The jewelled net: Towards a Southern African theory/ practice of environmental literacy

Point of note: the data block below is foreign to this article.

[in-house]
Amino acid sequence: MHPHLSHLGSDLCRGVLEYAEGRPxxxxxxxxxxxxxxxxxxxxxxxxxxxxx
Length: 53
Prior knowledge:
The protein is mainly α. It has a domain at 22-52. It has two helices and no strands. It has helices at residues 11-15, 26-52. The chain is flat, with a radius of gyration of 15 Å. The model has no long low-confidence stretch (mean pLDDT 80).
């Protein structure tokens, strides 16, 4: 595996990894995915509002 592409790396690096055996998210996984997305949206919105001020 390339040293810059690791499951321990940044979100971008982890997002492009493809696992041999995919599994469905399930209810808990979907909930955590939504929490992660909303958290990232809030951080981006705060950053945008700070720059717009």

This thesis suggests that there is an urgent need for academic work in literary and cultural studies to become more responsive to the contemporary eco-social crisis of environment and development. Questioning the sustainability of current practices, I introduce an approach which has emerged in the attempt to reorient my own work in English Studies towards what I call environmental literacy. My discussion consists of a prologue, six chapters, and an epilogue. The prologue is a story essay which presents through metaphor and narrative some of the questions which later chapters explore in more familiarly academic register. Chapters One and Two assemble the theoretical tools which have shaped my priorities. The first situates the project in terms of issues in South African eco-politics, and goes on to introduce potentially useful models in eco-criticism , environmental history, ecological philosophy and feminist theory. The second chapter argues that elements in Mahayana Buddhism (specifically teachings on emptiness and dependent arising and their relation to compassion) offer suggestive models for further radicalizing our theory I practice. The following degree chapters experiment with writing environmentally literate responses to several texts (one historical and the rest contemporary). Chapter Three is an appreciative reading of the representation of the Garden in William Blake's poem The Book of Thel (1789), Chapter Four brings personal narrative into an analysis of Gary Snyder's epic poem Mountains and Rivers Without End (1996), and Chapter Five is a critical survey of eco-cultural texts produced in South Africa during the period 1986- 1996. In Chapter Si.." I report on some of the pedagogical implications of thee orientation 1 have described , drawing on thee experience of teaching at the University of the Western Cape. The epilogue is brief and imagistic. The written text of the thesis is accompanied by pictures of people, plants and places.